Ask the Chicken Philosopher
by Olivia DeLane
In a previous column I used a modified version of the Lotka-Volterra predator-prey model to investigate if lions should forbid hunting kid gazelle (the way that humans tend to prohibit taking fish that are smaller than a certain size).
The modification to the equation set was that there were two state variables for the prey (one for juvenile kids and one for the full-grown adults) rather than just a single variable.
The equations looked like this in the case where Lions do not discriminate (but for this exercise it turns out that the specific equation for the number of Lions does not matter):
I was interested in the long-term ratio of Adults (A) to Kids (K) in the case where the r and t parameters are equal, so I would like to find when that ratio is constant. We can use the quotient rule to find these values.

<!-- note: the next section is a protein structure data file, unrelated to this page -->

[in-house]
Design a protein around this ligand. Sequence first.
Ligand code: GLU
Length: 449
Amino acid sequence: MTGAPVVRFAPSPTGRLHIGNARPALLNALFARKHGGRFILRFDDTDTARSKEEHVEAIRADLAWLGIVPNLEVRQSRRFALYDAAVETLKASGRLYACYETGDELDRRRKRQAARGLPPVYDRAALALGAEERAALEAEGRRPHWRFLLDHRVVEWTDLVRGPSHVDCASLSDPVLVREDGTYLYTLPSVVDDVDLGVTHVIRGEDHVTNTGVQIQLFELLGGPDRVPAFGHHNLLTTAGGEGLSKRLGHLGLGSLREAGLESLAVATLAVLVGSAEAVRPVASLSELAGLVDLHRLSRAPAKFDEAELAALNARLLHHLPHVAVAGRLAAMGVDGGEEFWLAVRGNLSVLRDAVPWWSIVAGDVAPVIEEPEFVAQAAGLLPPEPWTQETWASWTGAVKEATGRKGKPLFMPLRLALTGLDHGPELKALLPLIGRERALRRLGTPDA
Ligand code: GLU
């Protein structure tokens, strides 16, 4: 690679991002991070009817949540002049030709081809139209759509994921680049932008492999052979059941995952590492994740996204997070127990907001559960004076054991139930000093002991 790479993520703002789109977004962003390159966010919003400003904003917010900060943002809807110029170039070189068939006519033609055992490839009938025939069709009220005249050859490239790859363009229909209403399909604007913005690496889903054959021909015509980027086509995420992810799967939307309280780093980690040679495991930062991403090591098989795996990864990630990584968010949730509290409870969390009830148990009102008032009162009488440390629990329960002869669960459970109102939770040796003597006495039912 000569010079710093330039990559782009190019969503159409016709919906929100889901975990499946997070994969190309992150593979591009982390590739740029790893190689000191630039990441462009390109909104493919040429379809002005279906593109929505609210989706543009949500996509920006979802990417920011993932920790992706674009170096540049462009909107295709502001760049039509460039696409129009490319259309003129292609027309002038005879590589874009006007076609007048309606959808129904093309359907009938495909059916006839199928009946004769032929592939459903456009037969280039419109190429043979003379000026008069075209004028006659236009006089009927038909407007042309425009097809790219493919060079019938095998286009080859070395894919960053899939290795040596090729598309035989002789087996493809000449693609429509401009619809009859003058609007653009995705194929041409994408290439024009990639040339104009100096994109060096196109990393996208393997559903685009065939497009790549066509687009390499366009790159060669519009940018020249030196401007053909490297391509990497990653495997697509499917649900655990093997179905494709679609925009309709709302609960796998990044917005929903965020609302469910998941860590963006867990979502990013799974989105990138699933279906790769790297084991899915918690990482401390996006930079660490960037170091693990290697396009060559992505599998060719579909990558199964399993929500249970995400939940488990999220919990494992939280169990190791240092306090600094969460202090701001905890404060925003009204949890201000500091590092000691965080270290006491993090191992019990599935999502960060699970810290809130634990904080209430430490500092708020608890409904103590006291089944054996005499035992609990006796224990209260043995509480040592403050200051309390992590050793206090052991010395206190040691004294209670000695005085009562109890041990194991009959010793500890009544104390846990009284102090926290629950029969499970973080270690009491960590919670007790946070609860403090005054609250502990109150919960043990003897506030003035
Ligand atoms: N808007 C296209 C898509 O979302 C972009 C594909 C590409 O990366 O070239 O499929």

K-squared must be greater than 0, it turns out that the terms with L in them cancel, and the r-parameter can be taken out of each remaining term. So we are left with a simple expression that can be solved by the quadratic equation:
It so happens that in the case where r = t, the ratio of Adults to Kids will tend toward the Golden Ratio.
Now if that isn’t a little speckled egg, I don’t know what is. It makes me wonder what other fundamental constants are hiding out in sets of ordinary differential equations.
Olivia DeLane, Chicken Philosopher
Olivia DeLane has a Master’s certificate in normative ethology from Gallus College, a non-accredited online institution. Her writings are for entertainment purposes only and should not be misconstrued as being for any other use. Her newest e-book, ‘Anti-antifragile: Harnessing the Power of Vulnerability’ will be available soon.